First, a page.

Wednesday, November 21, 2007

2007: Some shine, some whine for BPO
Contentment Calling

Overall BPO employee satisfaction improved in 2007, but longer travel time to work and unearthly hours raised stress levels, says a recent survey.

Indian business process outsourcing (BPO) firms improved the overall employee satisfaction level in 2007 even though stress levels continued to be high. Travel time to work and back, and unearthly work hours were the biggest contributors to the unusually high stress levels, according to the recent fourth Dataquest-IDC BPO E-Sat survey 2007.

Higher happiness quotient

Employee satisfaction went up on five parameters—job content, work culture, training, appraisal, and people. It fell on two—company image and salary. In 2007, employees were least satisfied about their salaries. The Dataquest-IDC survey measured employee satisfaction on 11 parameters, including employee strength, percentage of last salary hike, cost to company, company image, company culture, job content or growth, training, salary and compensation, appraisal system and preferred company.

No gain without strain

The survey did not find stress and health as much of a ‘killer issue’ as it has been made out to be. Stress and health weren't even among the 'top three' factors for leaving a company. (Recently, India's Union Health Minister A. Ramadoss called for a health policy for the tech sector, saying: "(BPO employees) have a sedentary lifestyle. They smoke, go for late-night parties, and even take drugs. Some get heart attacks in their mid-20s...") Strain as a reason for leaving a company was at no 7. Among the factors that caused stress at work, 'health issues' appeared at No 6, beaten by travel time, work timing, insufficient holidays, workload and long hours. "Health as a stress factor is indeed a concern, with a fifth of employees citing health as a stress factor. The good part is that the industry is sensitive to this and many companies are taking real measures, from checking indoor air quality to testing food in labs," says Kapil Dev Singh, Country Manager, IDC India.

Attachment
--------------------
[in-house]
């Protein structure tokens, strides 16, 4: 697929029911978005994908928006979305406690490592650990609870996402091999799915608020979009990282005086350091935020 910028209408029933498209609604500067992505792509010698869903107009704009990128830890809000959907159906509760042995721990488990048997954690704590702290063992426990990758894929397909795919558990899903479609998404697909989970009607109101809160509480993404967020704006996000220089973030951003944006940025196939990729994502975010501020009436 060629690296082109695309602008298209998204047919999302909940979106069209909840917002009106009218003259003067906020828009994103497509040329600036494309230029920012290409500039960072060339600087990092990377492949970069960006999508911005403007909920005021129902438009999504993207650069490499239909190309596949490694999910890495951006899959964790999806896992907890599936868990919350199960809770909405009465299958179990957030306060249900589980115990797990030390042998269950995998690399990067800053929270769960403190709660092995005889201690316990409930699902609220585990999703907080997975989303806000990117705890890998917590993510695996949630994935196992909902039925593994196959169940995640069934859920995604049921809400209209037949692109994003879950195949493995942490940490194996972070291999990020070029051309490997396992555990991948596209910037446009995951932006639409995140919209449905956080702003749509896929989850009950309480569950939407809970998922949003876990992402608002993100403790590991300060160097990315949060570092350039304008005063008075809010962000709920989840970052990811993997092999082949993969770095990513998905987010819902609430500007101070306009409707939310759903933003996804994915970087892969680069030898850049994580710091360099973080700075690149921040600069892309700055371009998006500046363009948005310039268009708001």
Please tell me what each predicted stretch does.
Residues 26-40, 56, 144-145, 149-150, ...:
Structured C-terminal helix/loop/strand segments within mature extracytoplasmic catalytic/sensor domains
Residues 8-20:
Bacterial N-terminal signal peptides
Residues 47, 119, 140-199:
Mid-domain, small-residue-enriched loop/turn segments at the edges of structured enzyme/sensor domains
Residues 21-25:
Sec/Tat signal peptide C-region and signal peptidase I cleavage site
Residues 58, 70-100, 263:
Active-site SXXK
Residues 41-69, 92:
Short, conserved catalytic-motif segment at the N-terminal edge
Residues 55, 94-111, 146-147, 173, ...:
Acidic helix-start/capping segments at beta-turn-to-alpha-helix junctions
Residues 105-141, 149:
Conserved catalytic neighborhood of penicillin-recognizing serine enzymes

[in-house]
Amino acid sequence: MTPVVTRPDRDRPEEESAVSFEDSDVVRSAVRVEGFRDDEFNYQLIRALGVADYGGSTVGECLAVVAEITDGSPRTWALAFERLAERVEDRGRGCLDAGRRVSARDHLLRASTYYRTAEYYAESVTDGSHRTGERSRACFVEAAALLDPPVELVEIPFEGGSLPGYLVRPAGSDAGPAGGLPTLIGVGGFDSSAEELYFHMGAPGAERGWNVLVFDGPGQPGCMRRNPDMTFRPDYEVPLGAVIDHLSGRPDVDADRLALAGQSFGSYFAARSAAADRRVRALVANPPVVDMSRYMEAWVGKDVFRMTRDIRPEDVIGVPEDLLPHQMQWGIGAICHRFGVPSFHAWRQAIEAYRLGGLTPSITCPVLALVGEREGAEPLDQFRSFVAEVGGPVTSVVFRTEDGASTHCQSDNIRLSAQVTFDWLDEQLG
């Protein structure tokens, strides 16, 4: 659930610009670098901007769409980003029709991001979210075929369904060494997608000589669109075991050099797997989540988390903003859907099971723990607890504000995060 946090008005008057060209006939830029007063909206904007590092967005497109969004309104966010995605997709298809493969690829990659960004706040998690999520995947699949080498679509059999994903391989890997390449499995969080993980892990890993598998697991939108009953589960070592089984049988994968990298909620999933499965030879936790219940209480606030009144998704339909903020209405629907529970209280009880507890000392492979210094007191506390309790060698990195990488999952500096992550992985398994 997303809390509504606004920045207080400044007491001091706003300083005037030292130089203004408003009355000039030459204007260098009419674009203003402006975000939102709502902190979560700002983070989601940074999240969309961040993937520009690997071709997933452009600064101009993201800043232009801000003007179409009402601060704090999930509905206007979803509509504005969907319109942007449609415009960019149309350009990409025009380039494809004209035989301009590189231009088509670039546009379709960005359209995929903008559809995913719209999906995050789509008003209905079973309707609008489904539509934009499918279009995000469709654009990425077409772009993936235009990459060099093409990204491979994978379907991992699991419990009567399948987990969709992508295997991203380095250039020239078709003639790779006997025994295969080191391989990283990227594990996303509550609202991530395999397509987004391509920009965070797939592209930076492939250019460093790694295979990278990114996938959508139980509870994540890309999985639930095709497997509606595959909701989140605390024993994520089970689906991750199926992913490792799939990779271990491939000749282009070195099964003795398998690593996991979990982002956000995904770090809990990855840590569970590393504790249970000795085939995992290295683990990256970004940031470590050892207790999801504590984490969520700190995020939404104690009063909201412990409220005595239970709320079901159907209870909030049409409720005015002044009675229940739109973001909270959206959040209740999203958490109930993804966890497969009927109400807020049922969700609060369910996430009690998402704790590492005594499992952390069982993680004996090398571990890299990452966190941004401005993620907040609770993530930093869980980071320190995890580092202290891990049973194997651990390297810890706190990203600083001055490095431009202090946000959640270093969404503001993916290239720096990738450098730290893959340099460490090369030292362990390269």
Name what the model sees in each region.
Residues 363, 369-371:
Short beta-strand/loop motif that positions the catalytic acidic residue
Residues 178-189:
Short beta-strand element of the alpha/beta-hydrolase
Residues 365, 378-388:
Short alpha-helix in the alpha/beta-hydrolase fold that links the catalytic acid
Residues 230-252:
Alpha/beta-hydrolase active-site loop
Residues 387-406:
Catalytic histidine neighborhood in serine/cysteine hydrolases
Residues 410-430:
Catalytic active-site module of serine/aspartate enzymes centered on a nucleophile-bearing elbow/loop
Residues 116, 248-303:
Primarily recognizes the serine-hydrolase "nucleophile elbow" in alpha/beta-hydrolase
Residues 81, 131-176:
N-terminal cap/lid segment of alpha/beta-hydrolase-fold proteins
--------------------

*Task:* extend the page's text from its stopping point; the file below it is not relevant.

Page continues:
There were indeed health issues. Of the 1,749 employees surveyed, 32 per cent had sleep disorders; 25 per cent digestive disorders; and 20 per cent an eye-sight problem. The caveat: Dataquest and IDC India have no such data for other professions.

Adds Dataquest chief editor Prasanto K Roy: "Every profession, from advertising to finance, has stress and health issues. There's just better data for BPO. And BPO still sets the benchmarks for employee facilities, from doorstep pick-up-and-drop to a luxury environment and food. For employees, this remains a top-notch, high-pay profession with choices, albeit one that is excessively under the public and media scanner."

VCustomer, e4e Solutions, IBM Daksh, Genpact, Wipro have the most satisfied employees.

The Top 5 slots in employee satisfaction were taken by vCustomer, e4e Business Solutions, IBM Daksh, Genpact and Wipro, according to the survey.

HCL Technologies, Allsec Technologies, Ajuba Solutions, Equinox Global and Brigade occupied the next five employer slots with most satisfied employees in the BPO industry.

As many as 1,749 employees from 19 companies in cities like Mumbai, Pune, Kolkata, Delhi NCR, Chennai, Ahmedabad, Hyderabad and Bangalore participated in the survey. While large firms ranked better in parameters like work culture and image, niche companies were better in terms of salary and job content.

Mid-sized companies, which had between 1,000 and 5,000 employees, made up half the 19-rank survey. Six big BPO companies with more than 5,000 employees participated in the survey, while the remaining had less than 1,000 employees.

TCS BPO and 24X7 Customer, which were in the top 10 list last year, fell 4 and 6 places in 2007 to be at number 13 and 16 respectively. Brigade and EXL Services moved up two places each to end at number 10 and 11, respectively. Companies like Infosys BPO, WNS, Intelenet and India operations of the world's largest BPO firms Convergys and TelePerformance did not participate in the survey.

Pay packets trimmed

As the BPO industry is in a cost-saving mode, the average salary hike across the board grew just 14.8 per cent in 2007 as compared to an increase of 17.2 per cent last year. This increased the attrition rate to 20 per cent from 18 per cent in 2006. Nearly one-third of the employees said that salary was the most common reason for leaving a company. About one-fifth of the respondents said lack of growth opportunity (read lack of promotions) made them change their job, the survey points out.

The third most common reason cited by exiting employees was to pursue higher education and job timings. Salary was a big issue in everyday voice-centric call centres, while in the KPO employees put up with lesser salaries as long as the work was challenging and interesting, Dataquest-IDC survey adds. Candidates were attracted to a company because of good work environment, high growth opportunity, good salary and availability of transport facility.

Innovative HR practices

Many companies started a variety of innovative HR strategies to retain their employees, the survey said. Hyderabad-based Brigade appointed a Chief Fun Officer, to look into ways of ensuring low employee stress levels and keeping them highly motivated.

The Dataquest-IDC survey pointed out that the percentage of female employees has steadily come down to 32 per cent in 2007 from 34 per cent in 2006 and 36 per cent in 2005. — TNS